On 9 August 2016, a New Jersey Federal Appeals Court ruled that the state of New Jersey was not permitted to enforce a 2014 law that allowed sports betting. Following the ruling, sports betting is once again prohibited in the Garden State.
The ruling of the Federal Appeals Court follows years of legal wrangles regarding sports betting in New Jersey. This legal battle can be summarised as follows:
- In 1992, various professional sports leagues successfully lobbied Congress to pass the Professional and Amateur Sports Protection Act (“PASPA”). PASPA barred states that did not already allow sports betting from legally regulating it. The introduction of this Act meant that regulated sports betting was effectively allowed in Nevada alone. The many casinos in New Jersey were now missing out on a potentially lucrative market.
- In 2012, a collection of New Jersey lawmakers launched proceedings seeking a legalisation of sports betting in the state, despite the existence of PASPA. The sports leagues sued in a Federal Court in an attempt to stop them.
- The Federal Court ruled in favour of the sports leagues but said that, while PASPA was constitutional, there was nothing to stop the state of New Jersey from repealing its state laws against sports betting.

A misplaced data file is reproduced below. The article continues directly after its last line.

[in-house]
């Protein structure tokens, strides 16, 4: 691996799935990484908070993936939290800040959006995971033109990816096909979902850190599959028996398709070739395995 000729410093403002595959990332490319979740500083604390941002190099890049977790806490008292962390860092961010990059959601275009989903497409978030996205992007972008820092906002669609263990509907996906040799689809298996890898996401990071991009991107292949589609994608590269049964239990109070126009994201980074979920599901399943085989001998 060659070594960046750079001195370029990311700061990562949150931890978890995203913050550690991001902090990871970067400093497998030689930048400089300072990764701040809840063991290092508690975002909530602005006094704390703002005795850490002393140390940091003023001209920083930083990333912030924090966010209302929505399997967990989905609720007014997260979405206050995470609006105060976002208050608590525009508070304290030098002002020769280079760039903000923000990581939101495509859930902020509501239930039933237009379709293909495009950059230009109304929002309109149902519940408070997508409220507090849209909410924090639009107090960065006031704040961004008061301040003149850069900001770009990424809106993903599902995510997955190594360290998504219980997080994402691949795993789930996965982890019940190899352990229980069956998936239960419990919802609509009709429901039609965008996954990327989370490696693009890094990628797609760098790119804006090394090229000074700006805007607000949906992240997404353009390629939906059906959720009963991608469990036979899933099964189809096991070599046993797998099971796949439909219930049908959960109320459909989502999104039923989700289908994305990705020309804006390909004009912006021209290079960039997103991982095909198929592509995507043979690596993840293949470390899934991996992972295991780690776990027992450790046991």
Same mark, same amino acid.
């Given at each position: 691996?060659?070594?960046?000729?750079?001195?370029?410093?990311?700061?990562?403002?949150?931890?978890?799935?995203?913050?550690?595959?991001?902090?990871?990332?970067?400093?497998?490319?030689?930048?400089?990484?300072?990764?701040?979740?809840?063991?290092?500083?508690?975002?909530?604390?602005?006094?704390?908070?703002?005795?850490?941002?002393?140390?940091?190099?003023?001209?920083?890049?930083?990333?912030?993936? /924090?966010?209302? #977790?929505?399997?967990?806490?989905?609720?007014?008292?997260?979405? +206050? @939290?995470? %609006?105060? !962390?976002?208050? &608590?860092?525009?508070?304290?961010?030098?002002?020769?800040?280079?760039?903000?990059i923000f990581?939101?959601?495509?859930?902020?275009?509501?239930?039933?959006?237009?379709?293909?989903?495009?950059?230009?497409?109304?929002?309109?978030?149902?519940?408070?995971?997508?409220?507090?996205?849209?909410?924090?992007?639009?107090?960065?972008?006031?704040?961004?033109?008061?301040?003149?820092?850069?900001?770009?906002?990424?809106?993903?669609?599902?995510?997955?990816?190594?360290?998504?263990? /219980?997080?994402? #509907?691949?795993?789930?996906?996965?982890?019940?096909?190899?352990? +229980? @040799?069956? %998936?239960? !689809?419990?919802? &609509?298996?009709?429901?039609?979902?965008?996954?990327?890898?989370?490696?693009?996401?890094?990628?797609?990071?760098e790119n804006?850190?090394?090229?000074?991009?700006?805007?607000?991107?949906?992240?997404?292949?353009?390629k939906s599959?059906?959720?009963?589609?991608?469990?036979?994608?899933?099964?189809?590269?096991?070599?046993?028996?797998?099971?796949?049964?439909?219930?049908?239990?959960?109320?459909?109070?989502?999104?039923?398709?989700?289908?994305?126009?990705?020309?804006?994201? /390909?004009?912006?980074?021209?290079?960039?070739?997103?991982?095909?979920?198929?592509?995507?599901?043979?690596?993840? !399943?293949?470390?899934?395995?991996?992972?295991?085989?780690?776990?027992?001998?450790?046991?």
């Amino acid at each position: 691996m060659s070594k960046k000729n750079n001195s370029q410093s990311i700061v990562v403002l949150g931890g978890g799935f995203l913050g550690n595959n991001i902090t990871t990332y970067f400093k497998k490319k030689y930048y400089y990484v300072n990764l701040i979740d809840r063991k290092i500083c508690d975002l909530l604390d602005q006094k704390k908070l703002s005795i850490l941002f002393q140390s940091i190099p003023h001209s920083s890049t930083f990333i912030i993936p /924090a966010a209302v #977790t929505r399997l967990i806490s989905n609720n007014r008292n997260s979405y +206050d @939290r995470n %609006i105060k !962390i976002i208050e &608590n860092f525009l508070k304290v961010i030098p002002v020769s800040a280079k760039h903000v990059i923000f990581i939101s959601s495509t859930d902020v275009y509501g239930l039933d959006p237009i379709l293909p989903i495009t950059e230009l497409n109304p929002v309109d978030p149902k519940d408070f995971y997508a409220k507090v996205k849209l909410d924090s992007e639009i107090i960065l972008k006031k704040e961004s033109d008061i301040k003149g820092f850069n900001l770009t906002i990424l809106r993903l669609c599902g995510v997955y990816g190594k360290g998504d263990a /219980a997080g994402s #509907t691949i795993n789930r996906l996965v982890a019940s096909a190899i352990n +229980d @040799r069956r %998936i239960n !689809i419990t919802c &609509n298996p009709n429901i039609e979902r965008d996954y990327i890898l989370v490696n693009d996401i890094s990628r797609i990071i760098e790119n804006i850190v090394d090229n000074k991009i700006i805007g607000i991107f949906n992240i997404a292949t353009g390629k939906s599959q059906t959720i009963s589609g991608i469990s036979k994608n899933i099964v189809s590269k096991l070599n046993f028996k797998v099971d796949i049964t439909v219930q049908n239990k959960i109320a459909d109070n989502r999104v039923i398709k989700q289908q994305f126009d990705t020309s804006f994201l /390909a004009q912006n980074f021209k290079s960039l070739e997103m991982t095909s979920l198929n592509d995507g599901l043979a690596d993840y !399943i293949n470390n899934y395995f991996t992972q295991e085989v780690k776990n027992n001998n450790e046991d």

- In 2014, Governor Chris Christie partially repealed New Jersey’s laws against sports betting. As a result, sports betting was only allowed in casinos and racetracks. This represented a success for those with vested interests in the industry.
- Yet this decision was not popular with everyone. It was opposed by associations such as Major League Baseball, the National Basketball Association and the National Football League. The sports leagues therefore sued again, leading to the present decision of the Federal Appeals Court.
In her decision, Circuit Judge Marjorie Rendell stated that the 2014 law violated federal law. PASPA was therefore reinstated and sports betting was once again outlawed in New Jersey.
Given that sports betting is permitted in many other countries, including the United Kingdom, why is it prohibited in most states in the US? Put simply, there exist concerns that, if sports betting were permitted, there would be an increased risk of corruption and integrity offences in US sports.
Yet there is also an appreciation that sports betting represents a potentially lucrative market. By way of example, the UK Gambling Commission has recently released figures demonstrating the extent of regulated gambling in the United Kingdom in the year ended 30 September 2015. These figures show that the gross gambling yield (i.e. the amount retained by gambling operators after the payment of winnings but before the deduction of operation costs) was £12.6 billion. Of this amount, £9.518 billion related to sports bets.
In view of the potential sums which could be generated were sports betting to be permitted in New Jersey (and other US states), it will be interesting to see whether the decision of the Federal Court will be appealed. Clearly, the stakes have never been higher…